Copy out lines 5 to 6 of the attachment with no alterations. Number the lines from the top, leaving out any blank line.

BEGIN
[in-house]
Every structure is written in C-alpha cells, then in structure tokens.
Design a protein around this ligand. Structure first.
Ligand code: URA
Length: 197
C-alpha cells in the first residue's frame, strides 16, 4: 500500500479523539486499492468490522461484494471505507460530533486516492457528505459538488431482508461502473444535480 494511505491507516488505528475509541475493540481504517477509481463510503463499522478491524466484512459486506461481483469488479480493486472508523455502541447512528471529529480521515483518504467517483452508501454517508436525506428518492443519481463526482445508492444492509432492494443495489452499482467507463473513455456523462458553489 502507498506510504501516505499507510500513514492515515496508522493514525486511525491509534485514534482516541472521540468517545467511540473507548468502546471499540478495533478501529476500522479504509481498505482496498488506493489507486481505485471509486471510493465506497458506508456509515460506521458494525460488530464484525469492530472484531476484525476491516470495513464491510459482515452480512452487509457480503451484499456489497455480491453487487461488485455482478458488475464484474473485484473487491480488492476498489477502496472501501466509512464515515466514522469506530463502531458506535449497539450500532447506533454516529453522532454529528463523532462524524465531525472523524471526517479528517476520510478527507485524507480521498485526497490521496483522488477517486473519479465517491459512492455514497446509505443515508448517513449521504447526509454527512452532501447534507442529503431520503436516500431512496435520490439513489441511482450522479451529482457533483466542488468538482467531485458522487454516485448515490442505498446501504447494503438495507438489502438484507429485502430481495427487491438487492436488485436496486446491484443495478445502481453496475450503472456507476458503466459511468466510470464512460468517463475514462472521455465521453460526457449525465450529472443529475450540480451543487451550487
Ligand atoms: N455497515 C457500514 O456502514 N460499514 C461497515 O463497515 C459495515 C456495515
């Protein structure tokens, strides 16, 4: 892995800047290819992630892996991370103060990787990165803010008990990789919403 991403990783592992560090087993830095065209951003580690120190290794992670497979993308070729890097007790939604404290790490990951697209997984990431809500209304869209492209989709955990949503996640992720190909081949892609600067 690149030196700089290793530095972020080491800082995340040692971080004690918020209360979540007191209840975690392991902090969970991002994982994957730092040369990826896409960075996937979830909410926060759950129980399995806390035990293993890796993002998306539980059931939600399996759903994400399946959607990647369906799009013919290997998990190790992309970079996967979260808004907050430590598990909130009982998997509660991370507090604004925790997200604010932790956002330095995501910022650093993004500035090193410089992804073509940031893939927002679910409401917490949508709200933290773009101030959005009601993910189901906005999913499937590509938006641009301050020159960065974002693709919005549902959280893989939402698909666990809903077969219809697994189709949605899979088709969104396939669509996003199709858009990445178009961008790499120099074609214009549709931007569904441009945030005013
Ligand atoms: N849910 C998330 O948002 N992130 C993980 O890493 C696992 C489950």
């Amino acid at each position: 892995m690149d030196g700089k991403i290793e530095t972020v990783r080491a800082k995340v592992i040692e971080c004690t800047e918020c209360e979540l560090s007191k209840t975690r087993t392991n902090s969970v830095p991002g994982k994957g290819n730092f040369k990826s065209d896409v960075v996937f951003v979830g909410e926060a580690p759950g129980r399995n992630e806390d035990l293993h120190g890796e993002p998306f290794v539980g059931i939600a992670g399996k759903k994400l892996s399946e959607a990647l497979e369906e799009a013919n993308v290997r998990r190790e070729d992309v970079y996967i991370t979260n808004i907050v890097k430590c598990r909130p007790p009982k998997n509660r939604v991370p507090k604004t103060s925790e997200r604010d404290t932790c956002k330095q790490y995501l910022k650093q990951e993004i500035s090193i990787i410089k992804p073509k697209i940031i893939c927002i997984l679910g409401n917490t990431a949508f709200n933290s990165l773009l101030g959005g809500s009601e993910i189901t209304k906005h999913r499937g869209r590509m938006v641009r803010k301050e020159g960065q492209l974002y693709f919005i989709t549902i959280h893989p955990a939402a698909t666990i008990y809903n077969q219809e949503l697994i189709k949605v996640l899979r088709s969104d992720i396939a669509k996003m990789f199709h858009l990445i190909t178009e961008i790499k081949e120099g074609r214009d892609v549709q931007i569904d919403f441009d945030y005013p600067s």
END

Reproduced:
Length: 197
C-alpha cells in the first residue's frame, strides 16, 4: 500500500479523539486499492468490522461484494471505507460530533486516492457528505459538488431482508461502473444535480 494511505491507516488505528475509541475493540481504517477509481463510503463499522478491524466484512459486506461481483469488479480493486472508523455502541447512528471529529480521515483518504467517483452508501454517508436525506428518492443519481463526482445508492444492509432492494443495489452499482467507463473513455456523462458553489 502507498506510504501516505499507510500513514492515515496508522493514525486511525491509534485514534482516541472521540468517545467511540473507548468502546471499540478495533478501529476500522479504509481498505482496498488506493489507486481505485471509486471510493465506497458506508456509515460506521458494525460488530464484525469492530472484531476484525476491516470495513464491510459482515452480512452487509457480503451484499456489497455480491453487487461488485455482478458488475464484474473485484473487491480488492476498489477502496472501501466509512464515515466514522469506530463502531458506535449497539450500532447506533454516529453522532454529528463523532462524524465531525472523524471526517479528517476520510478527507485524507480521498485526497490521496483522488477517486473519479465517491459512492455514497446509505443515508448517513449521504447526509454527512452532501447534507442529503431520503436516500431512496435520490439513489441511482450522479451529482457533483466542488468538482467531485458522487454516485448515490442505498446501504447494503438495507438489502438484507429485502430481495427487491438487492436488485436496486446491484443495478445502481453496475450503472456507476458503466459511468466510470464512460468517463475514462472521455465521453460526457449525465450529472443529475450540480451543487451550487